#BookReview Carrying Albert Home by Homer Hickam

Carrying Albert Home by Homer Hickam is a seriously funny book that will take you on one wild adventure.

Books like these are always my favourites – they tell fun and inviting stories and welcome you into someone else’s world. I also identify as an ‘old soul’ so I get a real kick out of reading books about the past. This book, Carrying Albert Home, is about Homer’s parents taking a pet alligator back to Florida. Yes, you read that right, they are transporting an alligator. Along the way they get themselves in lots of trouble and difficult situations, all of which are hilarious!

This book did feel like it would fit into the niche market. It’s a fictional comedy based on true stories that weren’t exactly true… It’s so weird, but lovely. If you’re looking for a book that’s out of the ordinary, I think this book would be one excellent fit!

To be honest though… this book isn’t my type of novel. I did enjoy reading it as a change from my normal selection, but it just didn’t hit me as well as I wanted it to. The book is long and at times feels like too much. I had to put it down and pick it up a few times to really get through the story. It’s not boring and it’s written in a beautiful manner, it’s just not made for me as a reader. There will be readers out there who are dying to read this book, but it just isn’t my style. My rating for this book reflects the fact that it wasn’t a book for me. In reality, I think this book is a solid 4.0 for the average reader, but based on my rating score it’s a 2.

Overall, if I had to describe this book in a series of words they would be: quirky, spontaneous, eccentric, outlandish and zany.

2.0 out of 5.0 stars – it’s just not my type of book, but it is absolutely lovely and I highly recommend it.

I received this book for free through Goodreads First Reads.

 

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If you enjoyed this book, check out another book or review you might enjoy!
#BookReview Unlimited by Kevin Miller
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#BookReview A Long, Hot Summer by Kathleen MacMahon

The Long, Hot Summer by Kathleen MacMahon is one of the loveliest books I’ve read this year.

Family drama, generations of Irish men & ladies, comedy, tragedy and character growth. What more could a girl ask for in novel? Not much else!!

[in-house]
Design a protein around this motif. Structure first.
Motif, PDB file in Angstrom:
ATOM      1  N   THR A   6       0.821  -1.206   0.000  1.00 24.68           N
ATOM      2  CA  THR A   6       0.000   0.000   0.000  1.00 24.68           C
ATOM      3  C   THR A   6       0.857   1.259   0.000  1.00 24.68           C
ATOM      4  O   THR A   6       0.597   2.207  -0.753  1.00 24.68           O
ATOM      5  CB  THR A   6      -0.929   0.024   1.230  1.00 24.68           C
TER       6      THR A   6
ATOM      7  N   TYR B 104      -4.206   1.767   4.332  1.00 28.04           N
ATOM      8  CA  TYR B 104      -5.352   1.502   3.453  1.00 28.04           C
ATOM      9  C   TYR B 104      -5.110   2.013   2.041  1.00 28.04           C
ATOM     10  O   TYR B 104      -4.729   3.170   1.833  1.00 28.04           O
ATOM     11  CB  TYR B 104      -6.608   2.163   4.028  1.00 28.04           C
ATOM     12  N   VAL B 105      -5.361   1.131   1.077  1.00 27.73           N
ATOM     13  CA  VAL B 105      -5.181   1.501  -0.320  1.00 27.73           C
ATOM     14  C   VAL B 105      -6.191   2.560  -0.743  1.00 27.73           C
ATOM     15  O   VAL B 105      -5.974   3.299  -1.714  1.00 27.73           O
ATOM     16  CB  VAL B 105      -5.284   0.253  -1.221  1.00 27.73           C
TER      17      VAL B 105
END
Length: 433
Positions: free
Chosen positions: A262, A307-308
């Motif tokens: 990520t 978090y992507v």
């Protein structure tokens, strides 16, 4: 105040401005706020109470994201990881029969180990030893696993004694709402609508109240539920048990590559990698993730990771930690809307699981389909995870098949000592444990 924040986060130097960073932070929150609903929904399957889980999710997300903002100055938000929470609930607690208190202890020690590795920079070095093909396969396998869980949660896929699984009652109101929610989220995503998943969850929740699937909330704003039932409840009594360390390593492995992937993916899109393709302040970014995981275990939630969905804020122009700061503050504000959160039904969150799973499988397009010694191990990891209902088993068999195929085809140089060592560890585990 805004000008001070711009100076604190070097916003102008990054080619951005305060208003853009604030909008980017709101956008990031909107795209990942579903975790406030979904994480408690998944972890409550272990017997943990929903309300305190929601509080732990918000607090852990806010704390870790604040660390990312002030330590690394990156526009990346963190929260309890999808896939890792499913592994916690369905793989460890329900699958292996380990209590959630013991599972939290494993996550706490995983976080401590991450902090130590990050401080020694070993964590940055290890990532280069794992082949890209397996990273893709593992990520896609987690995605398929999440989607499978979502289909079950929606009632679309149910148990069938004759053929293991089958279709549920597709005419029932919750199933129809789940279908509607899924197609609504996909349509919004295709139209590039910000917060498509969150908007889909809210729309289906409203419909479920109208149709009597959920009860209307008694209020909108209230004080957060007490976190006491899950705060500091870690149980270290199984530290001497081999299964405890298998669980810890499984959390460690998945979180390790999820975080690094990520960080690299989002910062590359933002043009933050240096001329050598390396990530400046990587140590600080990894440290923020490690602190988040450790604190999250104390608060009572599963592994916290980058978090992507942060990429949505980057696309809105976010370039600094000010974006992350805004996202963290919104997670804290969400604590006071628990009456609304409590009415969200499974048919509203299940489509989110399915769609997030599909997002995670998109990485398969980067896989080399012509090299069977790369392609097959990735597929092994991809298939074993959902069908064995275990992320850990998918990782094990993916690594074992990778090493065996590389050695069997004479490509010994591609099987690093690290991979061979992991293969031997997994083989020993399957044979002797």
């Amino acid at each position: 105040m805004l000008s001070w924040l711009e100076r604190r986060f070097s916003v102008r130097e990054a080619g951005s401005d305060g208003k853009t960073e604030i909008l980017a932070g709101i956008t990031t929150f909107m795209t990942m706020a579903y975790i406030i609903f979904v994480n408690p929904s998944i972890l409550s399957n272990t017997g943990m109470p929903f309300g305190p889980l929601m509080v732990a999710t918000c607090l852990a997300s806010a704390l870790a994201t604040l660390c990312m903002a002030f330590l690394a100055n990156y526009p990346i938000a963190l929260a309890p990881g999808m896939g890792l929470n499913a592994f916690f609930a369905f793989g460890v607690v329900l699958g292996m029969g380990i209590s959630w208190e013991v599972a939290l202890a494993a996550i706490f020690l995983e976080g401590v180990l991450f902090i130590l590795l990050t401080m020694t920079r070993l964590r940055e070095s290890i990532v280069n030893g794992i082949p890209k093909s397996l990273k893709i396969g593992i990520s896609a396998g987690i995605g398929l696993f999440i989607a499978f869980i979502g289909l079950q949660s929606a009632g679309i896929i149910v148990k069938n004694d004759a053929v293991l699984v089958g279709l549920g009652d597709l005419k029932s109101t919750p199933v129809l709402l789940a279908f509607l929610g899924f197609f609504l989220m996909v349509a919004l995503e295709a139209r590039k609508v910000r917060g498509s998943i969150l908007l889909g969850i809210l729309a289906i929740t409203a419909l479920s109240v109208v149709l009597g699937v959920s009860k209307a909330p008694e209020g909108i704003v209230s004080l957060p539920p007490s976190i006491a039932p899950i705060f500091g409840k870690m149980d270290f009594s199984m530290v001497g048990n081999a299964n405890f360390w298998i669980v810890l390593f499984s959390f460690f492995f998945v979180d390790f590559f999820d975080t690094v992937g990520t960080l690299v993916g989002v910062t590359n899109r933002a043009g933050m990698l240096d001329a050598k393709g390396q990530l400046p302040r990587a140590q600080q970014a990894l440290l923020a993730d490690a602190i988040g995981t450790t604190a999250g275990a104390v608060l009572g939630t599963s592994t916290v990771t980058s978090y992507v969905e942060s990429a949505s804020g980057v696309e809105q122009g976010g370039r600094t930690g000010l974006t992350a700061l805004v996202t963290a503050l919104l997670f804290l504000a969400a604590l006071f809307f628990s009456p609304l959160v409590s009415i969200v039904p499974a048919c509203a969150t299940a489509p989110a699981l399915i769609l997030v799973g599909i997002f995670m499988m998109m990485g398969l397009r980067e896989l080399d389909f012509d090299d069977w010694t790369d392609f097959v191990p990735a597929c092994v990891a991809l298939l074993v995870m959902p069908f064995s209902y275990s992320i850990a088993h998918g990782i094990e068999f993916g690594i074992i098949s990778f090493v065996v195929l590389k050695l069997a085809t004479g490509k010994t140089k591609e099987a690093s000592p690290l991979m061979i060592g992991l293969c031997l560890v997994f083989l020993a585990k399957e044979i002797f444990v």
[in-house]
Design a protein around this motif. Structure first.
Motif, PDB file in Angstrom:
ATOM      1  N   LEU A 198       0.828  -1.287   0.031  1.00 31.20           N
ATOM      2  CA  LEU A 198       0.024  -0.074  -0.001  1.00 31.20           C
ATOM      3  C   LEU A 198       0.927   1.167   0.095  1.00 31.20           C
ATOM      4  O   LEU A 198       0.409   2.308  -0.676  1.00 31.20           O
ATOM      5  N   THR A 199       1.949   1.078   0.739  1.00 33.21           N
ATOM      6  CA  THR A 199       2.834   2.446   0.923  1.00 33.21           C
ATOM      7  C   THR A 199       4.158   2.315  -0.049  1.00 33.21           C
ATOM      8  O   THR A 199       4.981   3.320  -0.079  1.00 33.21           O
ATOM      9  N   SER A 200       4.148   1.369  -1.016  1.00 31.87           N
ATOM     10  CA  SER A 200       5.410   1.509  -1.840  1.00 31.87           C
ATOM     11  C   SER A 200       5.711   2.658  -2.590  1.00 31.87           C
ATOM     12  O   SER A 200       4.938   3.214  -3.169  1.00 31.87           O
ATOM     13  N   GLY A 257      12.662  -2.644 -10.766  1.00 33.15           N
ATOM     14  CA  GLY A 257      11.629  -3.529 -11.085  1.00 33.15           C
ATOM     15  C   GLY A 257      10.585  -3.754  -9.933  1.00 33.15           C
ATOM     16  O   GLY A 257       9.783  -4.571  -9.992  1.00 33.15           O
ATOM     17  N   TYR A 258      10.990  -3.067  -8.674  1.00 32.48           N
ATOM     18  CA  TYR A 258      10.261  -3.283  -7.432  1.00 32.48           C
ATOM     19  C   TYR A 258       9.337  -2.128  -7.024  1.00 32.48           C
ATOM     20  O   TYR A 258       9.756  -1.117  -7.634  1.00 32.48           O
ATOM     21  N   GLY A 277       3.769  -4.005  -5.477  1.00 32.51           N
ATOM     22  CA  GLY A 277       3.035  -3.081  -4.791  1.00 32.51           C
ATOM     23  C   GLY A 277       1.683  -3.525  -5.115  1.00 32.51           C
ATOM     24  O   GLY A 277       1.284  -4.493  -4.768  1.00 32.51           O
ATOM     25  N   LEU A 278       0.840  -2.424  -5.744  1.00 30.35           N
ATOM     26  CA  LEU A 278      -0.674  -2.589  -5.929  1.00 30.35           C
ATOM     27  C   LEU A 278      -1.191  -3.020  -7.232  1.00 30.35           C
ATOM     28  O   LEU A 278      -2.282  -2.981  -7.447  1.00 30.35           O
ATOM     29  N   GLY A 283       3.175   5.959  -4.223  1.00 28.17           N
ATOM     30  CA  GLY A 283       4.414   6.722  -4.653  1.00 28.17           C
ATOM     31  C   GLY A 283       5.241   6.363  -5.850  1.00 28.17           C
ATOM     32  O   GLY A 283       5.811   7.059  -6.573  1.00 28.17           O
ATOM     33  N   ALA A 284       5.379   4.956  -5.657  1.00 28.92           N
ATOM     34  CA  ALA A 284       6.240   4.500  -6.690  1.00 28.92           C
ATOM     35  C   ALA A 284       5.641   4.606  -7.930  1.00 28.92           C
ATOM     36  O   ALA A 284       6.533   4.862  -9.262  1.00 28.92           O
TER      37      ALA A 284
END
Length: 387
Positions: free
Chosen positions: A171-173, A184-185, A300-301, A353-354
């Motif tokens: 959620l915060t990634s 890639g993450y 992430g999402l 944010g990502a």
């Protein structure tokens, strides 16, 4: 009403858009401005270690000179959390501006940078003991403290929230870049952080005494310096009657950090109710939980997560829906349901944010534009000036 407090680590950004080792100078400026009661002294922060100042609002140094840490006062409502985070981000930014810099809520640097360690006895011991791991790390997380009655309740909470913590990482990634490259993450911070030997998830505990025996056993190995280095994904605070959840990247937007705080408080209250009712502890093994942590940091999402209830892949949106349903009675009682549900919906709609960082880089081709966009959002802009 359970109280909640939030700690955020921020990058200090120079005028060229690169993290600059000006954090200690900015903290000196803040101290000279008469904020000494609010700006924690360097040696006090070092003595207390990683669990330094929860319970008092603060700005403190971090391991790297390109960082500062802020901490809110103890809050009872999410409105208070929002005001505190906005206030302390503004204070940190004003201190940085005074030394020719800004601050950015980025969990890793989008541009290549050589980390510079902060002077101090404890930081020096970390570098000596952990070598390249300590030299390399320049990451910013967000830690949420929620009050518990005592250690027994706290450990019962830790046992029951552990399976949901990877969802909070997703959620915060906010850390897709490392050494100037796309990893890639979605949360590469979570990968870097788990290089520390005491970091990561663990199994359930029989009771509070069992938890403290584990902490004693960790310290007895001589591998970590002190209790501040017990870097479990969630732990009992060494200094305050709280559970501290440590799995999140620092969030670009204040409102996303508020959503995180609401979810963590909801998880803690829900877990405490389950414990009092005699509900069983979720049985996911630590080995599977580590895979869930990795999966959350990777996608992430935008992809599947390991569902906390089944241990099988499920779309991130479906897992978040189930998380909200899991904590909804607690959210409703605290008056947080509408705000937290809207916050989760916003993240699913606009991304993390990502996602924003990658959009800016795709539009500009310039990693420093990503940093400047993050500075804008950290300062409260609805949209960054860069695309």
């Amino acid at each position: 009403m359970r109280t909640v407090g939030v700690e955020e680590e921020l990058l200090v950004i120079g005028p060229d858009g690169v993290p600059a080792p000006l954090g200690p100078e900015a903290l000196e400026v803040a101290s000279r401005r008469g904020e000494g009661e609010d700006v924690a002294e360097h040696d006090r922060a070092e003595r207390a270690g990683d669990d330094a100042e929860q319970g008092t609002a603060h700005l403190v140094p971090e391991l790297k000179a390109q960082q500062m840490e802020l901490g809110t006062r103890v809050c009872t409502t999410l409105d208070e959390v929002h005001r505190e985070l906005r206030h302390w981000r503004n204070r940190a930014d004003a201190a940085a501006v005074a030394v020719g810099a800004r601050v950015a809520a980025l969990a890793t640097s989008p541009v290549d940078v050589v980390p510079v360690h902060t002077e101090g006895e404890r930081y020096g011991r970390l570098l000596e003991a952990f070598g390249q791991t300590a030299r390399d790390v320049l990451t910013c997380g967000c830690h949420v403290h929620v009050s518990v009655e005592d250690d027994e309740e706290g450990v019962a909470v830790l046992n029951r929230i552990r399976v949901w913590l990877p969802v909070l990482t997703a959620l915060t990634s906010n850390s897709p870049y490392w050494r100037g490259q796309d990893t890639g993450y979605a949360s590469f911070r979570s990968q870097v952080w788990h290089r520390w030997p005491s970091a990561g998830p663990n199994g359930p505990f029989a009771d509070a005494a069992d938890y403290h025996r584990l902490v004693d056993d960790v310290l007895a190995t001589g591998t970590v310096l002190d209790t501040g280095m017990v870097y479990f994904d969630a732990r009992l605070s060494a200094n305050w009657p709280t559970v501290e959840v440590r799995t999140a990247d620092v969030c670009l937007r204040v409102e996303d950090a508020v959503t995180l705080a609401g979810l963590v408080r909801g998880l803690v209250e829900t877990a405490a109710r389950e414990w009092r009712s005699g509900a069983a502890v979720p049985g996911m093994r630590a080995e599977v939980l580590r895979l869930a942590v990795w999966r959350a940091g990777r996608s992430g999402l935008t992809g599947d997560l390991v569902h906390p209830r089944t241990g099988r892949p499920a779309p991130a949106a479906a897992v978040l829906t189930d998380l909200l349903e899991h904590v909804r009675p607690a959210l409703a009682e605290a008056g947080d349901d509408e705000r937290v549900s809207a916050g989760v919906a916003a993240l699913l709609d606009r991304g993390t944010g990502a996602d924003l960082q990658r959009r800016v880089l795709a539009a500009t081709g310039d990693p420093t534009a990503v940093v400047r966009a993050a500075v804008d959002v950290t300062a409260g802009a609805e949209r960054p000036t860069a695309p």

I was truly surprised by how amazing this book was, considering it has so few reviews. It’s by far one of my favourite reads and it will sit high atop my shelves. Kathleen MacMahon has a beautiful sense of writing style and her prose is just magnificent. I can’t get enough of this book and I want more by her.

This story follows the MacEntees – an Irish family with four generations of men and women trying to deal with a long, hot summer. Deidre and Manus were once married, but Manus is now with his male lover and at Deidre is grasping with the fact that she is now “old” and in her 80s. Alma, Acushla and MacDara are their children and they all have to grasp with their own choices too. Alma and Acushla married twin brothers, and somehow their lives are echoing each other. The girls’ children, Constance and Nora, are also dealing with their own lives choices. The entire book follows these characters one by one and lets us into a world of family drama, insanity and growth.

I would have loved to read a book like this in high school, when you have the opportunity to pick apart lines and themes within the story. I loved seeing how each character interacted and how life didn’t end up the way they quite expected it. Lots of humors is thrown in with the tragedy, family drama is addressed in a very real way, and this book shows just how tough life can be (yet also how fruitful and silly we can make it). In summary, it’s all about perspective.

Kathleen does a great job showing the differences between the generations and how they interact with one another. The conflict felt so real and the book felt like it could have been a non-fiction retelling (but it’s not!). I really want to read more by Kathleen because she has a real knack for story telling. I was so attached to these characters and I was furious that this book had to end (and in the way that it did! I cried! I never cry at books!).

I HIGHLY recommend this book if you love fictional dramas, stories set in Ireland, and books about being a family.

Five out of five stars! I would give it more if I could.

I received this book for free through Goodreads First Reads.